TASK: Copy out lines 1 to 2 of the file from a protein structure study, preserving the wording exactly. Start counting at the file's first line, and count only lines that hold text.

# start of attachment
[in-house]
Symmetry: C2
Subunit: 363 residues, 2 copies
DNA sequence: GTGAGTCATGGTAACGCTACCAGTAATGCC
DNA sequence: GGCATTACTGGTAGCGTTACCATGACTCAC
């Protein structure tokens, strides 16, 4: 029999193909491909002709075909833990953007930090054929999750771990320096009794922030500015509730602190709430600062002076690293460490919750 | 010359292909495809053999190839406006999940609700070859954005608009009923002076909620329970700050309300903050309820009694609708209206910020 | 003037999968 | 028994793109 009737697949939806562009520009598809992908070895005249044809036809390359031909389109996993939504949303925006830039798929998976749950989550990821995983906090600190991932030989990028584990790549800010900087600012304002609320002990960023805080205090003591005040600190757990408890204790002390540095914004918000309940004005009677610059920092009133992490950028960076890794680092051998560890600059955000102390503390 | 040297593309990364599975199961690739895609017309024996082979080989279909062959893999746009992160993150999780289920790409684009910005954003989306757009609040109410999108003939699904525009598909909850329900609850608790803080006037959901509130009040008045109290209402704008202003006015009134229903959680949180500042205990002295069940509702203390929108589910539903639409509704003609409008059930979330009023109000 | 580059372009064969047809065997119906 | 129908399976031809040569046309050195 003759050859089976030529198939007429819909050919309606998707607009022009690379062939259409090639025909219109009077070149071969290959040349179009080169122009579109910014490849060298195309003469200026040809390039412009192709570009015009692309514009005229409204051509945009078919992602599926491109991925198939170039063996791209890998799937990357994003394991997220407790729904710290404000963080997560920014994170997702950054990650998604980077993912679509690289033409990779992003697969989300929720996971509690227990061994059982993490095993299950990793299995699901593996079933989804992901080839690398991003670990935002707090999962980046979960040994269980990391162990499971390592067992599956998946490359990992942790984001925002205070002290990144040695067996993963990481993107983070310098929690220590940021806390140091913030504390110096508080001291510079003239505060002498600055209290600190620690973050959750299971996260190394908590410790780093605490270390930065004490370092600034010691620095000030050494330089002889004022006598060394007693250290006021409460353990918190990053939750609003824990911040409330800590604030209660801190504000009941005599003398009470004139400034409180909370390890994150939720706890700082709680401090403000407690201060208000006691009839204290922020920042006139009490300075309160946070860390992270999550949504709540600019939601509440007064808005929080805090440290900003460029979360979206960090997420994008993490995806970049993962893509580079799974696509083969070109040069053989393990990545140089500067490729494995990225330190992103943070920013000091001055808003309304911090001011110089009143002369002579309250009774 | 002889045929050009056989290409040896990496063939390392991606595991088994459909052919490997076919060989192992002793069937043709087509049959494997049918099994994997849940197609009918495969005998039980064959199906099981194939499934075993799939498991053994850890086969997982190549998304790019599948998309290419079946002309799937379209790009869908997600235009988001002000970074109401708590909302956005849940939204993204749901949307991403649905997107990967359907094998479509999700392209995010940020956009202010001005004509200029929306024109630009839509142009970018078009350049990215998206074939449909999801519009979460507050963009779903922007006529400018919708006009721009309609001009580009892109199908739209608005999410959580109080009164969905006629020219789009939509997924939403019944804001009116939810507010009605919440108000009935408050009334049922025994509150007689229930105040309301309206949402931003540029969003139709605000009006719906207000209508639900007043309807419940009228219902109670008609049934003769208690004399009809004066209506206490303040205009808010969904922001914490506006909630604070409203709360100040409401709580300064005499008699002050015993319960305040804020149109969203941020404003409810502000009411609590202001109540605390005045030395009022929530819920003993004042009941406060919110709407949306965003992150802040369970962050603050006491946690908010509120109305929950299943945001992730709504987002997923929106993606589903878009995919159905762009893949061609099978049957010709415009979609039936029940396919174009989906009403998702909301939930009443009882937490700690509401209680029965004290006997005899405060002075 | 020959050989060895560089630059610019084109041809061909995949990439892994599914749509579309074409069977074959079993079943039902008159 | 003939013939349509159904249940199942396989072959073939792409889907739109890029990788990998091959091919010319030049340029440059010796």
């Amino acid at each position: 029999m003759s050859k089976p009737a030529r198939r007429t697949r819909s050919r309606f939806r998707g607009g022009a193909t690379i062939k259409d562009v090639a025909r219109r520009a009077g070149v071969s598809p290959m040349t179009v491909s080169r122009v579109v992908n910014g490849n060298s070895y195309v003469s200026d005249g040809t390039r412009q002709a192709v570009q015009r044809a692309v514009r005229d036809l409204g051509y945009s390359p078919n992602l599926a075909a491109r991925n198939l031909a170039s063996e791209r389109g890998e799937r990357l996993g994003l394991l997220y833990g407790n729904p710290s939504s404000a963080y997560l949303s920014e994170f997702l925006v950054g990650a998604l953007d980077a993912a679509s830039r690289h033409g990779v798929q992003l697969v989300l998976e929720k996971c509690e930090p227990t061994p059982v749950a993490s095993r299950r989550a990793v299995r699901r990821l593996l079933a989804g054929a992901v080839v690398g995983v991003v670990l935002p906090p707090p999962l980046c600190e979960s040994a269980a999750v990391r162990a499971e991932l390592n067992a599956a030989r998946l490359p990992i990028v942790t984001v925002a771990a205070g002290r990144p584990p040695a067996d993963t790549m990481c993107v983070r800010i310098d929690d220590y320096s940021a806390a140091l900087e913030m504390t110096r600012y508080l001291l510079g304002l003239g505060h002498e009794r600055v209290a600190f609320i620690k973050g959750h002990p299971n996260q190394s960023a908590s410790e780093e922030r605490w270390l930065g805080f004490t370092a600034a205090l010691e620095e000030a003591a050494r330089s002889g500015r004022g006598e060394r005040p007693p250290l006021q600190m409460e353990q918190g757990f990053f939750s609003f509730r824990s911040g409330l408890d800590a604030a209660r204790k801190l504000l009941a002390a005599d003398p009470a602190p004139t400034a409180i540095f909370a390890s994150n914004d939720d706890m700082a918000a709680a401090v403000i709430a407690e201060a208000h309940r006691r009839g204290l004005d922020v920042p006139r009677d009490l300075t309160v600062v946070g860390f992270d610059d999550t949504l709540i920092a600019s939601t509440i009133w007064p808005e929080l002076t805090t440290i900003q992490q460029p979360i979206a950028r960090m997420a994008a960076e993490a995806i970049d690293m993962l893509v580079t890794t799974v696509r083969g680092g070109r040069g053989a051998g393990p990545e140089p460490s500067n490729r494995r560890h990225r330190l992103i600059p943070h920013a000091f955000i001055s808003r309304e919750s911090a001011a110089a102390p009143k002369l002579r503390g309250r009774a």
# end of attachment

[in-house]
Symmetry: C2